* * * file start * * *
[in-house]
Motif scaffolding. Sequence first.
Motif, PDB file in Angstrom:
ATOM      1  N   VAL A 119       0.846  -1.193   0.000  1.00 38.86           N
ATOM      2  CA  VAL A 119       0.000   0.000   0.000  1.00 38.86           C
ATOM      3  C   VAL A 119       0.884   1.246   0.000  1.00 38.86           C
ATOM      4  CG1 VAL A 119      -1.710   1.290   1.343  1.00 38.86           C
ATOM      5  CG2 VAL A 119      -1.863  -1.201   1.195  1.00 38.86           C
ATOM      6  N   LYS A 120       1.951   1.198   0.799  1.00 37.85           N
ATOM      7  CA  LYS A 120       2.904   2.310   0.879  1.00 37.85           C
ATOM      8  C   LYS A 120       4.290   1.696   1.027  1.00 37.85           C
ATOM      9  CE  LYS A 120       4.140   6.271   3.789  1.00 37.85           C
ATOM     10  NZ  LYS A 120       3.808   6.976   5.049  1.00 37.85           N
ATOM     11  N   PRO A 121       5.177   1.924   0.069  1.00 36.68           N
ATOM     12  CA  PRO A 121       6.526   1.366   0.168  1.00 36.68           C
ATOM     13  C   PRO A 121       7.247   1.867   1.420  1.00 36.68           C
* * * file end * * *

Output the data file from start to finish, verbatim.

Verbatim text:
[in-house]
Motif scaffolding. Sequence first.
Motif, PDB file in Angstrom:
ATOM      1  N   VAL A 119       0.846  -1.193   0.000  1.00 38.86           N
ATOM      2  CA  VAL A 119       0.000   0.000   0.000  1.00 38.86           C
ATOM      3  C   VAL A 119       0.884   1.246   0.000  1.00 38.86           C
ATOM      4  CG1 VAL A 119      -1.710   1.290   1.343  1.00 38.86           C
ATOM      5  CG2 VAL A 119      -1.863  -1.201   1.195  1.00 38.86           C
ATOM      6  N   LYS A 120       1.951   1.198   0.799  1.00 37.85           N
ATOM      7  CA  LYS A 120       2.904   2.310   0.879  1.00 37.85           C
ATOM      8  C   LYS A 120       4.290   1.696   1.027  1.00 37.85           C
ATOM      9  CE  LYS A 120       4.140   6.271   3.789  1.00 37.85           C
ATOM     10  NZ  LYS A 120       3.808   6.976   5.049  1.00 37.85           N
ATOM     11  N   PRO A 121       5.177   1.924   0.069  1.00 36.68           N
ATOM     12  CA  PRO A 121       6.526   1.366   0.168  1.00 36.68           C
ATOM     13  C   PRO A 121       7.247   1.867   1.420  1.00 36.68           C